Anti-Drug Chiefs To Curb Precursor Chemicals

Officials from the National Authority for Combating Drugs and the UN Drug Control Pro­gram met in Phnom Penh on Wednesday to discuss ways of tightening Cambodian laws on the import and sale of precursor chemicals used in the production of illicit substances such as narcotics and methamphetamines.

While Cambodia has mostly faced the trafficking and sale of drugs inside and across its borders, drug production is increasing, and unless laws are introduced to curb the trade in pre-cursor chemicals, the manufacture of drugs will continue, said Authority Director General Teng Savong.

“Cambodia is seriously faced with the production of drugs by the use of precursor [chemicals] being sold in markets,” Teng Savong told the workshop on a Na­­tional Action Plan for Streng­thening Precursor Chemical Control in Cambodia.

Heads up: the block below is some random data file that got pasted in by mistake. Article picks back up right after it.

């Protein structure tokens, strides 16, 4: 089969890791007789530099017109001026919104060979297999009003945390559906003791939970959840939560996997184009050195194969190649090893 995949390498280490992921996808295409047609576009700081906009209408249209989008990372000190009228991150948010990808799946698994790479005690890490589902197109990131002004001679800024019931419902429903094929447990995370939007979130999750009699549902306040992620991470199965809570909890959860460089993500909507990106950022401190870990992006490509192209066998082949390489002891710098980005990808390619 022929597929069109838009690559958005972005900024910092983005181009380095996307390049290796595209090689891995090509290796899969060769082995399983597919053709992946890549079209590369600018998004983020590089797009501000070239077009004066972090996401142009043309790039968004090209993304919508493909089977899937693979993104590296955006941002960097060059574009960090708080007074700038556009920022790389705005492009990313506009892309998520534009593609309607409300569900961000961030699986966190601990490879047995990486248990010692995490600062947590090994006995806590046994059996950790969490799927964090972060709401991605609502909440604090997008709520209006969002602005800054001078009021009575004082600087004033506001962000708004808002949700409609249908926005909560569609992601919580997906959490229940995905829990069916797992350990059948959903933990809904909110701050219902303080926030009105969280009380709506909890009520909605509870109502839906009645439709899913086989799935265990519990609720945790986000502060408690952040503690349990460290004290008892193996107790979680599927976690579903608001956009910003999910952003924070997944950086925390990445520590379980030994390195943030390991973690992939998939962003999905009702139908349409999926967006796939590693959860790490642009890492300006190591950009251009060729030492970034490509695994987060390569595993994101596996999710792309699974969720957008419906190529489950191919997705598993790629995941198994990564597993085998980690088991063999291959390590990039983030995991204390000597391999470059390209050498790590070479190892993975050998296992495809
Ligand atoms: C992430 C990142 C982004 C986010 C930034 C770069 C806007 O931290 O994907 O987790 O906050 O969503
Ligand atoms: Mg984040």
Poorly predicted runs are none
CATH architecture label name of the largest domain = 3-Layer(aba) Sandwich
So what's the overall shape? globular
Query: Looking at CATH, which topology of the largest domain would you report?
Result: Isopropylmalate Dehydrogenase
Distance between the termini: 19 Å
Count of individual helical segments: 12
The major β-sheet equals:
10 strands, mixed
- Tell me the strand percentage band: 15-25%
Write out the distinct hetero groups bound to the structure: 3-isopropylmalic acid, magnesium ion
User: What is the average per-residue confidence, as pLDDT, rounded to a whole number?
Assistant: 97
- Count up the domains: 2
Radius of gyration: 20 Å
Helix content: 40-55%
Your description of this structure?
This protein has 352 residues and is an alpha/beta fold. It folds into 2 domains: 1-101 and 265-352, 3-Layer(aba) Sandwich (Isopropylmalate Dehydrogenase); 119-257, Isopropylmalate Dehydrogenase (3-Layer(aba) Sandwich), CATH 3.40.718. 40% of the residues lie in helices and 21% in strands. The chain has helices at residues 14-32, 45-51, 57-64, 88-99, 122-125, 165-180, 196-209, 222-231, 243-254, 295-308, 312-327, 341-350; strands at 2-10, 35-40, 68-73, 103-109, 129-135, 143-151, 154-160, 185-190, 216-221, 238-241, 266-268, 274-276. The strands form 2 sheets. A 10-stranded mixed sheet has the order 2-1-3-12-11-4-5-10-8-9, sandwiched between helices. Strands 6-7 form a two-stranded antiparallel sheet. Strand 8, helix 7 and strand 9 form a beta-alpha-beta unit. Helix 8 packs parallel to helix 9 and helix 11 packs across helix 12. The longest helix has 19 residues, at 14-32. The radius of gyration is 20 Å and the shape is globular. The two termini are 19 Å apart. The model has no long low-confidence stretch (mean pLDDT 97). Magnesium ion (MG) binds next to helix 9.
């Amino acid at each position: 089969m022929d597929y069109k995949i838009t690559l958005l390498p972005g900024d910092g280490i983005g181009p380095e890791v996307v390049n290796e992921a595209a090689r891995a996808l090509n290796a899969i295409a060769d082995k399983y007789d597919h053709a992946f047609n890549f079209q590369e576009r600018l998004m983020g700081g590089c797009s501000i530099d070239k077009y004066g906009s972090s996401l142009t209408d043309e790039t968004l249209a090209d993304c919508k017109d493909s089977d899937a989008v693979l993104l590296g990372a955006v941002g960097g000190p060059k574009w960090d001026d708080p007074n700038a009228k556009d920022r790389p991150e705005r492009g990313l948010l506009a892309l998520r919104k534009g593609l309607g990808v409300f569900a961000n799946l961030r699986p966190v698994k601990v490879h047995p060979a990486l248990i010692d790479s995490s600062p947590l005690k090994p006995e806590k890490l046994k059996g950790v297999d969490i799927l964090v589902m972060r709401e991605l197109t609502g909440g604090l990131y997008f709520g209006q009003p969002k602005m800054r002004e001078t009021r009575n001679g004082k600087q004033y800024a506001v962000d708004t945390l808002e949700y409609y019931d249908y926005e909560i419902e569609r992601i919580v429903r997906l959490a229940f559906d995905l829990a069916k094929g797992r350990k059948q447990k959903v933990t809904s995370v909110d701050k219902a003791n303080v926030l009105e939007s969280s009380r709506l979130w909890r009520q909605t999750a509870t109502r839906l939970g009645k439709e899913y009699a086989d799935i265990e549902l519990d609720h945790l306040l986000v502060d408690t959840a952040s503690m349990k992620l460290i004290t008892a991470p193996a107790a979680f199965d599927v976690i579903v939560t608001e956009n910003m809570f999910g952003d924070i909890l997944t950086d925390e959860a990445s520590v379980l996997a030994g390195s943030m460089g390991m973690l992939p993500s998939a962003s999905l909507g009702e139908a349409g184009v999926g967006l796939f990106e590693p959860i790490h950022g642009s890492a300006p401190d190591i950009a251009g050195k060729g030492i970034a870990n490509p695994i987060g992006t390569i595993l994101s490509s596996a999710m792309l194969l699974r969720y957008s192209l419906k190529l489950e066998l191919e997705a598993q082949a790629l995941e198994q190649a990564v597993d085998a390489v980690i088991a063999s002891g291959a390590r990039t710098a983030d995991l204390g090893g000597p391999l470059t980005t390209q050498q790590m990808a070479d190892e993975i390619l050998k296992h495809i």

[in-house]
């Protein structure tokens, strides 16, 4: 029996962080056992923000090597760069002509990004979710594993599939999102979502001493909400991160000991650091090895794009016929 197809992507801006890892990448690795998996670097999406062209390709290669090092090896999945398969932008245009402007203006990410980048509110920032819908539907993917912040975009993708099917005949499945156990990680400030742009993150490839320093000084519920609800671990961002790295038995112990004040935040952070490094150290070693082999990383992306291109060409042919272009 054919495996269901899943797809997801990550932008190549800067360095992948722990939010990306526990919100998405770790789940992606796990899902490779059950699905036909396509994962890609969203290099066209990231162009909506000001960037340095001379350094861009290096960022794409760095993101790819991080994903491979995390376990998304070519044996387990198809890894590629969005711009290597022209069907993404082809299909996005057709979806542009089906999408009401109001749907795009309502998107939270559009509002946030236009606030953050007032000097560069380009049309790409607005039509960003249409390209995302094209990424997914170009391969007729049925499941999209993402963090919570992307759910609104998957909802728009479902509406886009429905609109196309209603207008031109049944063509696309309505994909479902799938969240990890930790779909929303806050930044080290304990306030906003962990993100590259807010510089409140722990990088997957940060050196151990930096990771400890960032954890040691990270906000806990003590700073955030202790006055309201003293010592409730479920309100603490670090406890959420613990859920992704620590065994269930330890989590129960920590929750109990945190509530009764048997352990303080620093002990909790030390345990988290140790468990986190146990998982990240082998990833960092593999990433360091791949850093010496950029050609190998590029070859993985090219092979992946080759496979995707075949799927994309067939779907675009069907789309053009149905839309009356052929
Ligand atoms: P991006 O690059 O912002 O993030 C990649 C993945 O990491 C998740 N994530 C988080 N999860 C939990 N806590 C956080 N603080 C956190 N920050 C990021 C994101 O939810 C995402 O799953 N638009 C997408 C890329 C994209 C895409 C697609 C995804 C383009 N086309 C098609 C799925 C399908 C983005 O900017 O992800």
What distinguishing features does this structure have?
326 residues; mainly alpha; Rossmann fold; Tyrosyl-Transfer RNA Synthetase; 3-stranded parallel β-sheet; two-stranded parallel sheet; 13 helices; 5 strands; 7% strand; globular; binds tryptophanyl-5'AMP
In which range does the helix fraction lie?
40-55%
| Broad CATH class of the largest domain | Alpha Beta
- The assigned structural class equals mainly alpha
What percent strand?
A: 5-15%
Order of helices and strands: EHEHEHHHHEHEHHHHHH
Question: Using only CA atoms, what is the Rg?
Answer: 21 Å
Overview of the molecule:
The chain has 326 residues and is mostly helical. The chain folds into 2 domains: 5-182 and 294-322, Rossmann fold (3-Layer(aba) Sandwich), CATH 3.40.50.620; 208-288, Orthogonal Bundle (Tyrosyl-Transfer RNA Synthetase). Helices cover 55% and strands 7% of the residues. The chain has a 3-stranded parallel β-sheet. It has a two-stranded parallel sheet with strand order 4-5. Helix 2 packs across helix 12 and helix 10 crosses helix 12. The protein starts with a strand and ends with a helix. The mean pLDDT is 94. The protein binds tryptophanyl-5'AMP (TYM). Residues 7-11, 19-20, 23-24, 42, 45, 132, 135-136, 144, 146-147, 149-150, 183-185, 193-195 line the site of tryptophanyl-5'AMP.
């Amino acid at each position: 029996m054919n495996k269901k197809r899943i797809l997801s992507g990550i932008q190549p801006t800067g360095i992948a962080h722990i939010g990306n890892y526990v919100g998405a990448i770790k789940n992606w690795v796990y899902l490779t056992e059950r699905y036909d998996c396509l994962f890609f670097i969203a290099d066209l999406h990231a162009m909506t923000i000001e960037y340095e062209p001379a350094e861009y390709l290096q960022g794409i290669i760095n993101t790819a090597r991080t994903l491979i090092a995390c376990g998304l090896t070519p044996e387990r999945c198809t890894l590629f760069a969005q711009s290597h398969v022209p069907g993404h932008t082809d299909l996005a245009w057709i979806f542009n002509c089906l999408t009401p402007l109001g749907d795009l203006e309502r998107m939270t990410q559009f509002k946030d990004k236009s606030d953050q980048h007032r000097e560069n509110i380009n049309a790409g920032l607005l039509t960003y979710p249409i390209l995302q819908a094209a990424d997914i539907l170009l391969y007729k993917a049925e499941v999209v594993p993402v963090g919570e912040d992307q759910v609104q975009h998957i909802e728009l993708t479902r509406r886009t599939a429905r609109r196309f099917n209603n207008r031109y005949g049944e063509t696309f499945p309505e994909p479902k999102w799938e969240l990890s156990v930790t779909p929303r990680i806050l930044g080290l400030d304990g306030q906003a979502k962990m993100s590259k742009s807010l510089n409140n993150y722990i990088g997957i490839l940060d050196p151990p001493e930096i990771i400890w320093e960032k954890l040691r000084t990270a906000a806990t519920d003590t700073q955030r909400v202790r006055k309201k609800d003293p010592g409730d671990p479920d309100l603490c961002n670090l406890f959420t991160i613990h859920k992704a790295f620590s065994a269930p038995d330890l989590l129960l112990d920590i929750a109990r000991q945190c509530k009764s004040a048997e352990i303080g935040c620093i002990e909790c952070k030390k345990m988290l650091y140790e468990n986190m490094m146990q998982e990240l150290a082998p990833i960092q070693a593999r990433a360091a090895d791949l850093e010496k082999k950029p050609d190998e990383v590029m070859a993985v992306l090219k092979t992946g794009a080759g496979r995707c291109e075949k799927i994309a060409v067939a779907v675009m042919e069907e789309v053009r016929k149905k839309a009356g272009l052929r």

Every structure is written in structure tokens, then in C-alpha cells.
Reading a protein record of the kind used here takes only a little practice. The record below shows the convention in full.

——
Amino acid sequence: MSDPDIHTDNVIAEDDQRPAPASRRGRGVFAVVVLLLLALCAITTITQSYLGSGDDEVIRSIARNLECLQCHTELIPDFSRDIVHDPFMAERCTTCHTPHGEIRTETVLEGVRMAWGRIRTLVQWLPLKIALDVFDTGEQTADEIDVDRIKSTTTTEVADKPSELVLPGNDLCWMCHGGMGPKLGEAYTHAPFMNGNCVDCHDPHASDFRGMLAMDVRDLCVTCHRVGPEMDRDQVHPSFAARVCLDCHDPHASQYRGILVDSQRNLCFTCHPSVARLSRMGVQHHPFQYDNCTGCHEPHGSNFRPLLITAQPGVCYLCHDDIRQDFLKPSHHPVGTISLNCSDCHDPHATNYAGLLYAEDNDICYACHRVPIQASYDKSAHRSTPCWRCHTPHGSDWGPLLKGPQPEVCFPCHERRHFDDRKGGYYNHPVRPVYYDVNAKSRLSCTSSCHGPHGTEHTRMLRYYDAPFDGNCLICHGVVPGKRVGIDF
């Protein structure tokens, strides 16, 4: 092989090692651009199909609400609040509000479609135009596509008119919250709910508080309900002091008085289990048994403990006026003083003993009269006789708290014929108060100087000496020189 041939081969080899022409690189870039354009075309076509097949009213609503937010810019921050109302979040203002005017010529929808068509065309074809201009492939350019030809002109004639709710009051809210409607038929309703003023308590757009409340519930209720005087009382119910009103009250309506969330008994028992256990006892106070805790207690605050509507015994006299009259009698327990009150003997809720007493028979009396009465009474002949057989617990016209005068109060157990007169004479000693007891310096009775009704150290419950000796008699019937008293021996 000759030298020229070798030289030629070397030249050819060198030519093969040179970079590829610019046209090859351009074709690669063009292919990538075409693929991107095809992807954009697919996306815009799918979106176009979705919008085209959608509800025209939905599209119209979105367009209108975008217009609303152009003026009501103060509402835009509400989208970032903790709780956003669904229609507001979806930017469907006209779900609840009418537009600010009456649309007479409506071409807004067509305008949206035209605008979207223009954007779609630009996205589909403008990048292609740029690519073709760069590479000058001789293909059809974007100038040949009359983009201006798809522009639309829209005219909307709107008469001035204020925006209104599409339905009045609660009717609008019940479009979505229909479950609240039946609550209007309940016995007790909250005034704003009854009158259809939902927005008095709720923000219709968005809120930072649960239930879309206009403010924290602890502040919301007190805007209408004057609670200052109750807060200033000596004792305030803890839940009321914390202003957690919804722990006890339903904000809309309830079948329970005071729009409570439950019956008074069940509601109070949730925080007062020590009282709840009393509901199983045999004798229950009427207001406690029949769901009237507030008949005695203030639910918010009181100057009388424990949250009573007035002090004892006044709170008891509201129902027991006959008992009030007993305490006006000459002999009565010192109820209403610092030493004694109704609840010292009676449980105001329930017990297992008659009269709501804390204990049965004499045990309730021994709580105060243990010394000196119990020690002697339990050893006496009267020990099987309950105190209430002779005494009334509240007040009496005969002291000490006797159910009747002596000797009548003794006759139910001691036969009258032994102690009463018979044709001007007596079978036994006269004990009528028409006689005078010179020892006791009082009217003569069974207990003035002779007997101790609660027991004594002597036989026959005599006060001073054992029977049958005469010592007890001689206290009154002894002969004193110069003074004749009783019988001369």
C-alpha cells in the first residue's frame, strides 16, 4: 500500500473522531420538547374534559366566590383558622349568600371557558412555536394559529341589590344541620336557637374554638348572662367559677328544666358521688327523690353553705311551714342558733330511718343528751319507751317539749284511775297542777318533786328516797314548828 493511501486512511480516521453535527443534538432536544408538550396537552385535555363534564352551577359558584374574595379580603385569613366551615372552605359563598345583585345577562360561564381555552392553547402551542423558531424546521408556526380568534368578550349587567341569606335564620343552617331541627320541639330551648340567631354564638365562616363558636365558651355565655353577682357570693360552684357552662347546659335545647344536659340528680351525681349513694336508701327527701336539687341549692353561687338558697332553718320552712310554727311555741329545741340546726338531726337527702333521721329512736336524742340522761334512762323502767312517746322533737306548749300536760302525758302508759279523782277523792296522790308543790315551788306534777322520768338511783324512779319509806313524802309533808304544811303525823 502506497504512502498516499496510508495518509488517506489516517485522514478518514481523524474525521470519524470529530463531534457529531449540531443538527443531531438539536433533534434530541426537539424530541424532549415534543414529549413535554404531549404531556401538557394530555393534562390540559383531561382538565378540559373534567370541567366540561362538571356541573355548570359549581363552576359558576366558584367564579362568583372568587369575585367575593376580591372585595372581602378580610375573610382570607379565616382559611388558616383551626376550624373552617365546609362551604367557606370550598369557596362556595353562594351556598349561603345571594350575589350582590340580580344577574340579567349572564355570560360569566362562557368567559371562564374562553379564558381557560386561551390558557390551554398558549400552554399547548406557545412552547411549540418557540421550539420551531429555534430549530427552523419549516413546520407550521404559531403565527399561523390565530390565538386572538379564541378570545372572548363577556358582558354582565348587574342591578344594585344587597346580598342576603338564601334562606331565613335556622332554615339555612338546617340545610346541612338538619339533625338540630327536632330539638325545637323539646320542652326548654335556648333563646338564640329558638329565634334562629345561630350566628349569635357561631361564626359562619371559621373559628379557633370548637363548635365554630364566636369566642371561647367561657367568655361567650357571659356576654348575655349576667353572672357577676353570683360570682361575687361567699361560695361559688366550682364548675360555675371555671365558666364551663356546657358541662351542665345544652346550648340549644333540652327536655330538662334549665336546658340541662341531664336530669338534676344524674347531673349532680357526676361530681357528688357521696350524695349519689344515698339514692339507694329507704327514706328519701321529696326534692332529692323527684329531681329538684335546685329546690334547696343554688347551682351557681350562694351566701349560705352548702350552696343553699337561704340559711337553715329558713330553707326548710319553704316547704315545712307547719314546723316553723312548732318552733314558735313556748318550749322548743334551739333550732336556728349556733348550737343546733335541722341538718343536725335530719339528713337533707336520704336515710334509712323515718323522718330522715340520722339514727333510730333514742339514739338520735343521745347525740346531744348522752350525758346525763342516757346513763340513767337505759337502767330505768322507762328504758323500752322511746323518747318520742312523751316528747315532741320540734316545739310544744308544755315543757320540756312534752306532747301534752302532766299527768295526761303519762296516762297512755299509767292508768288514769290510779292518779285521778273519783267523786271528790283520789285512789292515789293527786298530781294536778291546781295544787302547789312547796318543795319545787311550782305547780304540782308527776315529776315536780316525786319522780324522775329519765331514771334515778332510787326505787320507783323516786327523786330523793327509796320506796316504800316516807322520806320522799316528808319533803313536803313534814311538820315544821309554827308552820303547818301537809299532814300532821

Without the necessary laws, those who use precursor chemicals for illegal purposes will re­main free from criminal prosecution, he said.

“Laws should be clear about controlling precursors and punishment of smugglers and to inform the public [of the laws].”

Methamphetamine use is ex­ploding, mainly among young Cam­bodians. Last month police raided a pill producing laboratory in Koh Kong province. In the last two years, police also have foiled attempts to establish drug labs in Phnom Penh and Banteay Mean­chey province, Teng Savong said.

The NACD will work to develop the necessary laws to control the sale, import and trade of precursor chemicals and to educate authorities in their implementation and appropriate punishment.

Bangkok-based UNDCP Pro­ject Director Wong Hoy Yuen warned that if the trade in precursor chemicals is not curbed, Cam­bodia could expect drug production to increase.

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